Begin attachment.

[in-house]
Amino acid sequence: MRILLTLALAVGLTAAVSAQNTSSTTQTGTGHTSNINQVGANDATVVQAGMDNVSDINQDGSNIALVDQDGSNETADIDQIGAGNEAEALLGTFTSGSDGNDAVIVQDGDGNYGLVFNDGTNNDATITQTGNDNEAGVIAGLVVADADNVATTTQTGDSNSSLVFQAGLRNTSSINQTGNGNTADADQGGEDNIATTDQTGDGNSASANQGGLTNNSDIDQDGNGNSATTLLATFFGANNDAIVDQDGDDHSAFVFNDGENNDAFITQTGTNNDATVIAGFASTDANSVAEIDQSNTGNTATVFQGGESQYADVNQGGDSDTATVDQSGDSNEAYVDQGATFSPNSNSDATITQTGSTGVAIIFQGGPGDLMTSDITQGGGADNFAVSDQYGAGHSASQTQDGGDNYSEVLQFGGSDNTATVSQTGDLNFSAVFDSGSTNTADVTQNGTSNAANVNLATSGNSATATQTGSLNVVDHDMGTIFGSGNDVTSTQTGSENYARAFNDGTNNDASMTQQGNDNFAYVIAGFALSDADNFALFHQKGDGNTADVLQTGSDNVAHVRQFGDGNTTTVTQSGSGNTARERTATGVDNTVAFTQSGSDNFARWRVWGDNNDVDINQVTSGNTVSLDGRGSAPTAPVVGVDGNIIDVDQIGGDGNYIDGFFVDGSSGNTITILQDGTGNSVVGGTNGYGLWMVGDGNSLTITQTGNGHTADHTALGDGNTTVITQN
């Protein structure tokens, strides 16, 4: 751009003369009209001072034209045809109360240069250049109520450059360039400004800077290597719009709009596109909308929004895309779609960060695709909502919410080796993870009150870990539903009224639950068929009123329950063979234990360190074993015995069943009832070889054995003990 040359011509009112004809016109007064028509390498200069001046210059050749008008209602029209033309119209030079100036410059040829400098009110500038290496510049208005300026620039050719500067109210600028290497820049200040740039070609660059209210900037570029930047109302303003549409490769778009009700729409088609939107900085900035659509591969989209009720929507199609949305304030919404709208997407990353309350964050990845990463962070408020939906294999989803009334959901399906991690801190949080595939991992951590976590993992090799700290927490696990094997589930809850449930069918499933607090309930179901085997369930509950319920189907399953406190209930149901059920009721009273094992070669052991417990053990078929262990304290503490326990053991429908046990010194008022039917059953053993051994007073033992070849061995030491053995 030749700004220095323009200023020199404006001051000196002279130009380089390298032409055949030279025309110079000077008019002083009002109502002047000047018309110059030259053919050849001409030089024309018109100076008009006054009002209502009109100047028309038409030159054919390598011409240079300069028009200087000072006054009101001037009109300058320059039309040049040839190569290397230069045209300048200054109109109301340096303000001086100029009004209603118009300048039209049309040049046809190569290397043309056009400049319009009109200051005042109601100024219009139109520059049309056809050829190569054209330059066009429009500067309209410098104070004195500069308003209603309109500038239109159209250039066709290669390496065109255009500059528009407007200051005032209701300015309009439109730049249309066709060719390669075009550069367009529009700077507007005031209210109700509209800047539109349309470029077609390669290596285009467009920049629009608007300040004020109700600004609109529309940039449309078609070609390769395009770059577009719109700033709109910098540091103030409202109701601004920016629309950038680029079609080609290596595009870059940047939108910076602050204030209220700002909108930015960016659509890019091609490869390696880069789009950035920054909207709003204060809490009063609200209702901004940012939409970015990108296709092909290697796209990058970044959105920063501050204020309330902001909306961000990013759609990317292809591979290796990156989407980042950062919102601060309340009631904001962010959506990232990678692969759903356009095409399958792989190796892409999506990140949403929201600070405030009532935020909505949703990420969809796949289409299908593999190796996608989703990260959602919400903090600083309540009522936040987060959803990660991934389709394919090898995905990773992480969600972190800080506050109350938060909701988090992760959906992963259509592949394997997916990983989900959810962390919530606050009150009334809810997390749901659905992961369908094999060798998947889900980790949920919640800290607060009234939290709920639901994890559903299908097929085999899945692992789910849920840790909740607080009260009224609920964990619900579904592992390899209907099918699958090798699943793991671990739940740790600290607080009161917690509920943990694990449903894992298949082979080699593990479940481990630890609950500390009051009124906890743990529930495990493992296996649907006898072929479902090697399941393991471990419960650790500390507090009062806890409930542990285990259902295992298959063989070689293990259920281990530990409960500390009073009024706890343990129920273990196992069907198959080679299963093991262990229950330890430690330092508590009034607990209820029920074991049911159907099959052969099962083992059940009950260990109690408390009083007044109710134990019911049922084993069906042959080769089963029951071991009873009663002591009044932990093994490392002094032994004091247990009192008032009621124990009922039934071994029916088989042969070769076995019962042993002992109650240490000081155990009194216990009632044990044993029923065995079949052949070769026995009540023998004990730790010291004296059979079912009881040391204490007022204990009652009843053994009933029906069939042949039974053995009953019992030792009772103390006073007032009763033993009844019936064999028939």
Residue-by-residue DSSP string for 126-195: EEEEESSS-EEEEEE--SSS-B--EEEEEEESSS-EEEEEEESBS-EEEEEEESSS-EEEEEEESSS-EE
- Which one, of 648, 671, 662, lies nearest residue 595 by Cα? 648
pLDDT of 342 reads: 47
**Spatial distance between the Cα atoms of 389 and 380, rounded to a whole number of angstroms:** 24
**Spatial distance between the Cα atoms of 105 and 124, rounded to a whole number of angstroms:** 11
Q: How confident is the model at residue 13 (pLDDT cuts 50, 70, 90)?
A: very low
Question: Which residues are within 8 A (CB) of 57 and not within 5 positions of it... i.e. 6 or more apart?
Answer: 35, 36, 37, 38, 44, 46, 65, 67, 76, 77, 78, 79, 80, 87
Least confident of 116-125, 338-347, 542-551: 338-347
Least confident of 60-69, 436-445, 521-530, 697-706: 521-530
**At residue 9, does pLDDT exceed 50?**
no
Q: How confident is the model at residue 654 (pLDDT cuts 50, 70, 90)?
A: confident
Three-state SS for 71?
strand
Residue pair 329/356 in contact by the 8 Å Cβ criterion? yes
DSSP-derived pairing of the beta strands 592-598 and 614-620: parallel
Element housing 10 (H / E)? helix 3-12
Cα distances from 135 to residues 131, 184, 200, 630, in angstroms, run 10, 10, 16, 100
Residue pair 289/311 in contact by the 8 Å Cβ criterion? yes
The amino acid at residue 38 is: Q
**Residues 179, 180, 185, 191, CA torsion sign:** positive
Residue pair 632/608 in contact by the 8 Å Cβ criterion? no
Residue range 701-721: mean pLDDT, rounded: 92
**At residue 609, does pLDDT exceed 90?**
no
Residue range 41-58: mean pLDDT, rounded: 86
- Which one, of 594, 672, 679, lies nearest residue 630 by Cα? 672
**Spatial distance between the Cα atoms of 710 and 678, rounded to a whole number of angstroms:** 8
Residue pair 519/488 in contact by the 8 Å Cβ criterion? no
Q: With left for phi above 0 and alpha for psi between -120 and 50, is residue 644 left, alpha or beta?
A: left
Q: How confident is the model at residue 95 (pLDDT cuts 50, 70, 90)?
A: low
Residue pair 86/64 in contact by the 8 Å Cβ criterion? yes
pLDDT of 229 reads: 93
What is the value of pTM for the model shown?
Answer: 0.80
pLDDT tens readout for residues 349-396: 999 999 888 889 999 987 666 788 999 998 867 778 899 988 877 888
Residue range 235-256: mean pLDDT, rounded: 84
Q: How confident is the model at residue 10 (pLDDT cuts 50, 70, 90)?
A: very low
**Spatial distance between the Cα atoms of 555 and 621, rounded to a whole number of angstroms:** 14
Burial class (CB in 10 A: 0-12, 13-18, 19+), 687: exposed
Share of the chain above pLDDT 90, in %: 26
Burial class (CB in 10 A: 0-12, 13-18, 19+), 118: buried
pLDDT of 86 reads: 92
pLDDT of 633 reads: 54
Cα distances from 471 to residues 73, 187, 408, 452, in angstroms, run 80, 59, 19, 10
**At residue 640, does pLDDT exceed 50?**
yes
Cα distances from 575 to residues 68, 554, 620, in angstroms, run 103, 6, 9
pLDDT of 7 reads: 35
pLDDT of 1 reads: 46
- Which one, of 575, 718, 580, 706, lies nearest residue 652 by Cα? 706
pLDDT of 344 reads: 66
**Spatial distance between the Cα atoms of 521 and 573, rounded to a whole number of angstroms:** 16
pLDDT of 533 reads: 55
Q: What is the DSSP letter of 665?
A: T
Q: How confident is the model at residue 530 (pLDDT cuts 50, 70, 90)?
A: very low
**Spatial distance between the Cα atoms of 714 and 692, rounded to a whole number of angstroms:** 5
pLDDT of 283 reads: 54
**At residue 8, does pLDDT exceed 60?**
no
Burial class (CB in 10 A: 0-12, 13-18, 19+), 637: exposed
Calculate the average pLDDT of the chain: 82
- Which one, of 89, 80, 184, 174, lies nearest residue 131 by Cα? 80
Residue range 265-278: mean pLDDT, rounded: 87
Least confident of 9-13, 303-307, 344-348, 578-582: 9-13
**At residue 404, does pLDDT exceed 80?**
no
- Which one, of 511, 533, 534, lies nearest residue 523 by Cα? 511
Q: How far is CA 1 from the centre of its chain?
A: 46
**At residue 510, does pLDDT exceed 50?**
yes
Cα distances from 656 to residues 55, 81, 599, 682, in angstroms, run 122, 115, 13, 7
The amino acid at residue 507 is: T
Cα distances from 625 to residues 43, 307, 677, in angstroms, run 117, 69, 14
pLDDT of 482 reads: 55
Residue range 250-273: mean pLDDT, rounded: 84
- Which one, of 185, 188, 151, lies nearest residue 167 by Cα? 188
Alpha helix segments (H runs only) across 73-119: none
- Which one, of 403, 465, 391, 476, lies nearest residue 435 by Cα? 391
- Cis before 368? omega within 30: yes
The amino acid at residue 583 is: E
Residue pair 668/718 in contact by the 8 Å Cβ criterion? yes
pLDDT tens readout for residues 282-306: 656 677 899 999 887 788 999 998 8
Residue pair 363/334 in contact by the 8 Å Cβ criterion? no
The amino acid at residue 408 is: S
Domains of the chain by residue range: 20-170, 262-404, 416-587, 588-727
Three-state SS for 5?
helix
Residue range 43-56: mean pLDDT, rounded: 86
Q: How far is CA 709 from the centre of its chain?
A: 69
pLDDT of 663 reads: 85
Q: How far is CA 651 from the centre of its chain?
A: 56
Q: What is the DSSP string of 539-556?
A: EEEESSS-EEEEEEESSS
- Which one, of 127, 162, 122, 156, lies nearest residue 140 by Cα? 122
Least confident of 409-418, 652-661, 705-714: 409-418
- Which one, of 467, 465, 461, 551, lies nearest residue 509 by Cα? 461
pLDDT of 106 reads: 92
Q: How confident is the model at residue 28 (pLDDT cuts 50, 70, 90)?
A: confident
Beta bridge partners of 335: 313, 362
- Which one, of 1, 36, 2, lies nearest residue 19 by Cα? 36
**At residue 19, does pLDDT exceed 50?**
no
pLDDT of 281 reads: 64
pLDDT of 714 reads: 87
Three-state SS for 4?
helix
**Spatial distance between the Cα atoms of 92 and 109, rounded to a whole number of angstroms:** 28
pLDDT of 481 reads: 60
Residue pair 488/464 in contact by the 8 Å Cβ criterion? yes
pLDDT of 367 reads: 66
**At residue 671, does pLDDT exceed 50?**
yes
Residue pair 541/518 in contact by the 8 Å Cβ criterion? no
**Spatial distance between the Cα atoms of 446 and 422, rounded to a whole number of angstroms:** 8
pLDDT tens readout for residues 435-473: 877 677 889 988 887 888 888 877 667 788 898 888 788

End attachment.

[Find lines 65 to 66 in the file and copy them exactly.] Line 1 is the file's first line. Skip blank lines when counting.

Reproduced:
A: T
Q: How confident is the model at residue 530 (pLDDT cuts 50, 70, 90)?